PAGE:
I’d recommend getting some of these out of the way on your first day back in the office. Start the day with a step towards one of your big tasks and consider the small ones a treat for when you finish. Tackle them in order of priority, those you gave a score of 1 & 2 for importance should be done first.
Depending on the number of small tasks you have you could complete these within a month or less if you tackle 2 or 3 a day.
Add them to your calendar or spreadsheet next to the date you want to complete them. But be aware, these small tasks have a habit of multiplying, you’ll find yourself constantly adding to this list.
Mid-level tasks are those that scored 3-4 for size. You could aim to get one of these done every fortnight. Prioritise them according to importance and choose a day and time each week that you’ll devote to them. Add them to your calendar/spreadsheet.
You should now have your year mapped out for big tasks, your month mapped out for small tasks and a number of mid-level tasks scattered across your schedule.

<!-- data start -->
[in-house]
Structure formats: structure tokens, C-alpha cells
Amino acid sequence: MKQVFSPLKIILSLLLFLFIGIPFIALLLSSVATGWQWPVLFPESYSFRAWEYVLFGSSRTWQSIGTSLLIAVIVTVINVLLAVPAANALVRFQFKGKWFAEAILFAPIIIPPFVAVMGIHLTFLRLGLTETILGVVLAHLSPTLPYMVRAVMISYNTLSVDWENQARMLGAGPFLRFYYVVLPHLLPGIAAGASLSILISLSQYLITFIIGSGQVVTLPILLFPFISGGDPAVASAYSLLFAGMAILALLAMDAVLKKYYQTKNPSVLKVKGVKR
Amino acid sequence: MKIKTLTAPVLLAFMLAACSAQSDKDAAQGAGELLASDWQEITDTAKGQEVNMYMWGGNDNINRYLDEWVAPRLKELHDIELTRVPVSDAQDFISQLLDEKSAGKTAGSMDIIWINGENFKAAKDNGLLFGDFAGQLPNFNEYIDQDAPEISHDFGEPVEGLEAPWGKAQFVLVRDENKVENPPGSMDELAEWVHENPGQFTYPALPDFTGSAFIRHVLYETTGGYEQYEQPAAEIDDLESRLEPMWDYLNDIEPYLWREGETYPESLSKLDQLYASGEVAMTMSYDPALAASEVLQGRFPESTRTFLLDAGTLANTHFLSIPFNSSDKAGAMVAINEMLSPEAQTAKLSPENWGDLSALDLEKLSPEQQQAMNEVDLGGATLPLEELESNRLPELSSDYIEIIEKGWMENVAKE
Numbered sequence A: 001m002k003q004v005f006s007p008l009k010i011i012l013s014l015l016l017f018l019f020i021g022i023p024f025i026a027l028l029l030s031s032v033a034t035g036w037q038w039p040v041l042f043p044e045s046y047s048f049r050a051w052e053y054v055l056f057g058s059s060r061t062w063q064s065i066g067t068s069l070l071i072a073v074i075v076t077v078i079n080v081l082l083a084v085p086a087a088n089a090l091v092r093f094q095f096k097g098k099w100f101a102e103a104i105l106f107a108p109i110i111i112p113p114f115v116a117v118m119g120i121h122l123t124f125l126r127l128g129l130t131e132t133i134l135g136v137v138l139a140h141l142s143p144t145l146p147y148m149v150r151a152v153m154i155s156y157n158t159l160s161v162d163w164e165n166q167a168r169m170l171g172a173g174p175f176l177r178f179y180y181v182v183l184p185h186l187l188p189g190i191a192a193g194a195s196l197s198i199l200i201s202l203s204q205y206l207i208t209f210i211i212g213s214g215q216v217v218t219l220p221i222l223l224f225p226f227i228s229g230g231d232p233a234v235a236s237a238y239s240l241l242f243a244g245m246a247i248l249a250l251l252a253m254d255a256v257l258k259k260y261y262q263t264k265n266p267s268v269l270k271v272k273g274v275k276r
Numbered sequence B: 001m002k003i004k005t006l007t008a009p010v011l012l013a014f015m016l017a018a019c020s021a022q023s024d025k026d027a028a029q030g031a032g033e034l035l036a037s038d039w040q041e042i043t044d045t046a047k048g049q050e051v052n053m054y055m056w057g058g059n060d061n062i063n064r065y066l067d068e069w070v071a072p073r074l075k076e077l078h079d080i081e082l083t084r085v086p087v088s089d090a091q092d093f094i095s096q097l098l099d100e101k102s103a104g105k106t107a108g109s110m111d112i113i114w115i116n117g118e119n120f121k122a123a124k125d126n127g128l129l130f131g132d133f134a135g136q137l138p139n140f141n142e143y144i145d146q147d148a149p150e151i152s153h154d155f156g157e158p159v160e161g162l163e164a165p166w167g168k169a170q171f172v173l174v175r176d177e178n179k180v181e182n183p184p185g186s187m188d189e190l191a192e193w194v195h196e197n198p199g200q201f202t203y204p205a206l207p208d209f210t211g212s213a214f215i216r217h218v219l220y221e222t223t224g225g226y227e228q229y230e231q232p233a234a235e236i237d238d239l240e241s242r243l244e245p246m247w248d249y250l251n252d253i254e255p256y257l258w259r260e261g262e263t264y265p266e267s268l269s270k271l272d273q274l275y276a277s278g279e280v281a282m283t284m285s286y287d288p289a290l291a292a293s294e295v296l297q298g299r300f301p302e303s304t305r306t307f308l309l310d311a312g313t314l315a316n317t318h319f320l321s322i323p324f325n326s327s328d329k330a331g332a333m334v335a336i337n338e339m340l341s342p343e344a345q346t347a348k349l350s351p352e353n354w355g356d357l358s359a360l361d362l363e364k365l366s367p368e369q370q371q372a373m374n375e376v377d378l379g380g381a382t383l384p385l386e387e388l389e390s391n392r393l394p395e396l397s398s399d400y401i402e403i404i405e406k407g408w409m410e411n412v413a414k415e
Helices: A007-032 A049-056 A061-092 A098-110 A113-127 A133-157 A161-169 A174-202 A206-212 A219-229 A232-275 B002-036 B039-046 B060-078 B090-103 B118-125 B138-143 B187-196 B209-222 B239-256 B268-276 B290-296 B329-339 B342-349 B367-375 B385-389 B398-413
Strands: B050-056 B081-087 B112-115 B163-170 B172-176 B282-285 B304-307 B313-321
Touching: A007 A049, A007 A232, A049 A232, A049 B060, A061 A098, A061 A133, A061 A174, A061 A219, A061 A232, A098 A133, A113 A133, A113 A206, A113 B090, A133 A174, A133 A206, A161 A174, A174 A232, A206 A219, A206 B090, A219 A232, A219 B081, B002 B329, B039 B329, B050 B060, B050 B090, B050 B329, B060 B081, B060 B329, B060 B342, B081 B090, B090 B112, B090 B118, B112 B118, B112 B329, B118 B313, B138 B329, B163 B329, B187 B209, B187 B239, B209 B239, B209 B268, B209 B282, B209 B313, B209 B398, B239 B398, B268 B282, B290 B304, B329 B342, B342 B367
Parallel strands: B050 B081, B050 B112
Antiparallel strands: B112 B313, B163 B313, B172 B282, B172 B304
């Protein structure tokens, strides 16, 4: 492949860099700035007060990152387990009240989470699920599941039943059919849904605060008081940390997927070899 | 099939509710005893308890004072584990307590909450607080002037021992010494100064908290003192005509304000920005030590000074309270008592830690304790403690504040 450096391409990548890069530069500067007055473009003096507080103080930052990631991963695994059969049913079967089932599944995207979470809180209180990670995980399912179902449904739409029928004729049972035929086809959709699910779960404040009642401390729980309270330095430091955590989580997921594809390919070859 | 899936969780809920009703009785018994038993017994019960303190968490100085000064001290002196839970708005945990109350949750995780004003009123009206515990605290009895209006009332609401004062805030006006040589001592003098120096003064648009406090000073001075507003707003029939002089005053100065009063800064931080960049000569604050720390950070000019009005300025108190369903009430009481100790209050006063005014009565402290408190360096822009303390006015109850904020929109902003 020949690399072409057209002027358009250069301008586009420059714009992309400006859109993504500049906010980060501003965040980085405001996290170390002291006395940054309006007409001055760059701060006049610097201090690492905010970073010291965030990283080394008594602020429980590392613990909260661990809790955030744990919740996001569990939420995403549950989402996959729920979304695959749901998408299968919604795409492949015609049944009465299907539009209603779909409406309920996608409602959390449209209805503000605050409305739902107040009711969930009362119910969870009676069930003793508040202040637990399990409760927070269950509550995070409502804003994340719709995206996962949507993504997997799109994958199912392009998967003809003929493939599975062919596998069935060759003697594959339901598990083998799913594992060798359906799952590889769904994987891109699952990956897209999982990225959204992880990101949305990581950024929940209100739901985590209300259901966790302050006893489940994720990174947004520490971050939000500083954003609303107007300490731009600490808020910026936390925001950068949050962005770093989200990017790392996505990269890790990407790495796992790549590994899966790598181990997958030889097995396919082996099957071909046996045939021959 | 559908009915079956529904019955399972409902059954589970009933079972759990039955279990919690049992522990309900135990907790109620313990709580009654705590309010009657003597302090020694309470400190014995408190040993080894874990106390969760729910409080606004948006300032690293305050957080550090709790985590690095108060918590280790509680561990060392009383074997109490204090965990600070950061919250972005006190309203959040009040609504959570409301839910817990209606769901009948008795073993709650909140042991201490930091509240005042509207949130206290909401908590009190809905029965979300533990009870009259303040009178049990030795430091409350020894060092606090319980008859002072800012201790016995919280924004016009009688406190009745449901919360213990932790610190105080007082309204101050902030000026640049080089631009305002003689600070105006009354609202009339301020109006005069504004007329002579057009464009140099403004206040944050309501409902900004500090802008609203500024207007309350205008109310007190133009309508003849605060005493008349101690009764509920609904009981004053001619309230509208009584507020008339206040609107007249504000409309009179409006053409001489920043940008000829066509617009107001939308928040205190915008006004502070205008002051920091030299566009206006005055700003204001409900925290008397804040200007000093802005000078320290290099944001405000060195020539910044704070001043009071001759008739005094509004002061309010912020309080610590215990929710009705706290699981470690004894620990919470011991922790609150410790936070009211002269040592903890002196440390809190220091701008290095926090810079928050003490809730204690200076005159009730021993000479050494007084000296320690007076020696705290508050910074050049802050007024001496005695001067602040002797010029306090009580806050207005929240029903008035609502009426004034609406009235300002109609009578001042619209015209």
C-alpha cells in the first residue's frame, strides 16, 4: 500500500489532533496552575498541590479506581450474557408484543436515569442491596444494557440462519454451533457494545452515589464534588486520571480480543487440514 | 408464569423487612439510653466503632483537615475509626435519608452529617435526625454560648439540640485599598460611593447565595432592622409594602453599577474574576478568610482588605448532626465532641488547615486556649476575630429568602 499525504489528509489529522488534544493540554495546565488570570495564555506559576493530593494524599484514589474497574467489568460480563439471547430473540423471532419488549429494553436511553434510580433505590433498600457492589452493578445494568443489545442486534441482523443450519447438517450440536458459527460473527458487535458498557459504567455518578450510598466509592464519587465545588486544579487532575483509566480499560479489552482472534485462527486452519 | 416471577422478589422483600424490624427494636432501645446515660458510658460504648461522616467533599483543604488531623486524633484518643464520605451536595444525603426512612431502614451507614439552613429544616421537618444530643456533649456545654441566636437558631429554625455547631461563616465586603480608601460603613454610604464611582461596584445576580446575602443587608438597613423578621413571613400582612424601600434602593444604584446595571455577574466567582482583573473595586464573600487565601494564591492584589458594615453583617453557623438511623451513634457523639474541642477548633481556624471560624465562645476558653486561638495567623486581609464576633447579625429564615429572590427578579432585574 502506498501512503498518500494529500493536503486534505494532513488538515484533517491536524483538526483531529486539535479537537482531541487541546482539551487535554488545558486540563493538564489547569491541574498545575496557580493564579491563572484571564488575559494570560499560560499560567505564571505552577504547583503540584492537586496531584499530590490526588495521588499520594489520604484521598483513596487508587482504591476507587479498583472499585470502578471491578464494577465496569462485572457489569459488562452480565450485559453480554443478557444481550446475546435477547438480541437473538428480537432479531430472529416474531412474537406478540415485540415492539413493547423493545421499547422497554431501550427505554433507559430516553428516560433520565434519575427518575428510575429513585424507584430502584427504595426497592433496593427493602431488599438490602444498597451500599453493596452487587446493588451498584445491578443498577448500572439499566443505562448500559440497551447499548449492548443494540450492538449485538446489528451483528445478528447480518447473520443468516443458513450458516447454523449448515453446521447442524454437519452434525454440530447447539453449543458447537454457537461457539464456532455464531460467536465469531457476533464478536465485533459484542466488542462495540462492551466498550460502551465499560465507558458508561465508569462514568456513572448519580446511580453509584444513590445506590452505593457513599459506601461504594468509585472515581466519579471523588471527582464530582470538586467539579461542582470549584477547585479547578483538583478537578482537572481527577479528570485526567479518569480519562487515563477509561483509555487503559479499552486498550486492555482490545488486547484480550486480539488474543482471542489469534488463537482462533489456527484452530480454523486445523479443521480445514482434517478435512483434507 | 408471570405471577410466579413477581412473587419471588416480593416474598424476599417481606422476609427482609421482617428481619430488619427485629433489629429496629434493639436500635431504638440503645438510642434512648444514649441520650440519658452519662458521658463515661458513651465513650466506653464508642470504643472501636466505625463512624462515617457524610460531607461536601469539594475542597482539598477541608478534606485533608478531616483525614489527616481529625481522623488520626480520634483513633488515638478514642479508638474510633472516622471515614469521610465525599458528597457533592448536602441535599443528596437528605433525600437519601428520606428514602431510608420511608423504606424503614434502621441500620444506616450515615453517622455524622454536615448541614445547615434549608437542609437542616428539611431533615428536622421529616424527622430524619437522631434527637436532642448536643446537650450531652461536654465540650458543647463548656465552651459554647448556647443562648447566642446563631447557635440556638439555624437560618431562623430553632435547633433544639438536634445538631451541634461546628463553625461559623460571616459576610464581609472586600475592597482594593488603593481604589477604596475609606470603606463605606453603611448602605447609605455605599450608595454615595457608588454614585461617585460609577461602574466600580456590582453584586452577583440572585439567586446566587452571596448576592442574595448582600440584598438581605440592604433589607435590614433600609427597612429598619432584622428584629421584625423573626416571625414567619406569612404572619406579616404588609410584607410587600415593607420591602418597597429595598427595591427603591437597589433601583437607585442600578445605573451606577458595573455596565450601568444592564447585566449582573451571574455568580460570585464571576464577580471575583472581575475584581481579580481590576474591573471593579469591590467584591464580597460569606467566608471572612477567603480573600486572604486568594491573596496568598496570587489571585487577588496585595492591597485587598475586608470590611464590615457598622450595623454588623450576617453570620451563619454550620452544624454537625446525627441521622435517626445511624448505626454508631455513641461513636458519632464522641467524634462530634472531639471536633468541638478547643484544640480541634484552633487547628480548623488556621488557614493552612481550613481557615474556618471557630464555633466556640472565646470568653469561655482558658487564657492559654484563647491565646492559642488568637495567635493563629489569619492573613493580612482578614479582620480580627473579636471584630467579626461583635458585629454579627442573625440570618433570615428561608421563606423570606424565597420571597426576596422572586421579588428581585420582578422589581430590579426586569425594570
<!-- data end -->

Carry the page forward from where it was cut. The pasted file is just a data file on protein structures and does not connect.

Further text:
Your weekly to-do list
We’re on to the final stages of your plan now. You’ve scheduled your tasks now it’s time to add them to a to-do list.
If you only have a daily to-do list it’s time to switch it up. Weekly and even monthly to-do lists can be far more effective. Seeing your week mapped out and knowing what needs to happen will help you stay on track or at least help you know how far behind you are.
Start by adding the work you do that makes you money into your weekly list. For me that’s client work, meetings, training days and course planning.
For you it could be the things you need to do for the day to day running of your business.
Now look at your daily and weekly tasks. This will include reading and responding to email, social media updates, researching and writing your blog post content, doing your book keeping. Add these tasks to your to do list.
The time left over is the time you have to work on your tasks. If possible allocate the same day and time each week to complete these. Remember, try and get the big tasks started first and then reward yourself with the small ones.
If you are still in holiday mode all you need to do for now is write down the ideas as they come. Before you go back to work map out your tasks following the method above. You’ll be surprised how many of your resolutions you fulfil as a result.
How To Win At Twitter
If Twitter is part of your 2017 strategy take a look at the course I’m running with Digital4Sales. In it I take you step by step through building a Twitter strategy that will drive results.